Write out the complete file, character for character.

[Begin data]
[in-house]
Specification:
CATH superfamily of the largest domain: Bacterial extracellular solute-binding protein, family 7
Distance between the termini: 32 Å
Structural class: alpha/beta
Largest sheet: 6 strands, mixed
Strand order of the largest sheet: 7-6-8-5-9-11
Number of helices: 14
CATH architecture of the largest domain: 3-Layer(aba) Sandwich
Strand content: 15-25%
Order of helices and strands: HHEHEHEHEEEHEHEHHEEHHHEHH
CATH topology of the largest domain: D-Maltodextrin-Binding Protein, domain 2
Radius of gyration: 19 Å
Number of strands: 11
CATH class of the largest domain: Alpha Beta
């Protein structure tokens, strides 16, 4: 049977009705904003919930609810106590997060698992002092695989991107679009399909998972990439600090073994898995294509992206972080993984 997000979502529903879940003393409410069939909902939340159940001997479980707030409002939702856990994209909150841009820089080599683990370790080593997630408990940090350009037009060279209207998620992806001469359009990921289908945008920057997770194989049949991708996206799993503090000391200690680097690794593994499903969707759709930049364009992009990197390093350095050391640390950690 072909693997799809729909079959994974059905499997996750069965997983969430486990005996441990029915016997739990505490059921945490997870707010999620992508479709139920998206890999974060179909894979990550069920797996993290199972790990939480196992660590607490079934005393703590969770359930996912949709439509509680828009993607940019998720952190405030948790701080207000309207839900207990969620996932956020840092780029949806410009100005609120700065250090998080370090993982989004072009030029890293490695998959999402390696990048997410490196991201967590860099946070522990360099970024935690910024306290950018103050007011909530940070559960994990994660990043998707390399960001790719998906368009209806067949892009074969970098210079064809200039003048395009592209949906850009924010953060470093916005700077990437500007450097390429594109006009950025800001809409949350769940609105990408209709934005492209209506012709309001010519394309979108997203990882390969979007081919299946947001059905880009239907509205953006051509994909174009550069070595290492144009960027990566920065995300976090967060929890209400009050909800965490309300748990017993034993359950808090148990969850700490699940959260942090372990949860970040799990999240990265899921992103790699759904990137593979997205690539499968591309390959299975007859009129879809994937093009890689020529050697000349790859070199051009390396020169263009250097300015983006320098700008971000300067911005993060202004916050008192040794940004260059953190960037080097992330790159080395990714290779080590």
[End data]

[in-house]
Specification:
CATH superfamily of the largest domain: Bacterial extracellular solute-binding protein, family 7
Distance between the termini: 32 Å
Structural class: alpha/beta
Largest sheet: 6 strands, mixed
Strand order of the largest sheet: 7-6-8-5-9-11
Number of helices: 14
CATH architecture of the largest domain: 3-Layer(aba) Sandwich
Strand content: 15-25%
Order of helices and strands: HHEHEHEHEEEHEHEHHEEHHHEHH
CATH topology of the largest domain: D-Maltodextrin-Binding Protein, domain 2
Radius of gyration: 19 Å
Number of strands: 11
CATH class of the largest domain: Alpha Beta
């Protein structure tokens, strides 16, 4: 049977009705904003919930609810106590997060698992002092695989991107679009399909998972990439600090073994898995294509992206972080993984 997000979502529903879940003393409410069939909902939340159940001997479980707030409002939702856990994209909150841009820089080599683990370790080593997630408990940090350009037009060279209207998620992806001469359009990921289908945008920057997770194989049949991708996206799993503090000391200690680097690794593994499903969707759709930049364009992009990197390093350095050391640390950690 072909693997799809729909079959994974059905499997996750069965997983969430486990005996441990029915016997739990505490059921945490997870707010999620992508479709139920998206890999974060179909894979990550069920797996993290199972790990939480196992660590607490079934005393703590969770359930996912949709439509509680828009993607940019998720952190405030948790701080207000309207839900207990969620996932956020840092780029949806410009100005609120700065250090998080370090993982989004072009030029890293490695998959999402390696990048997410490196991201967590860099946070522990360099970024935690910024306290950018103050007011909530940070559960994990994660990043998707390399960001790719998906368009209806067949892009074969970098210079064809200039003048395009592209949906850009924010953060470093916005700077990437500007450097390429594109006009950025800001809409949350769940609105990408209709934005492209209506012709309001010519394309979108997203990882390969979007081919299946947001059905880009239907509205953006051509994909174009550069070595290492144009960027990566920065995300976090967060929890209400009050909800965490309300748990017993034993359950808090148990969850700490699940959260942090372990949860970040799990999240990265899921992103790699759904990137593979997205690539499968591309390959299975007859009129879809994937093009890689020529050697000349790859070199051009390396020169263009250097300015983006320098700008971000300067911005993060202004916050008192040794940004260059953190960037080097992330790159080395990714290779080590």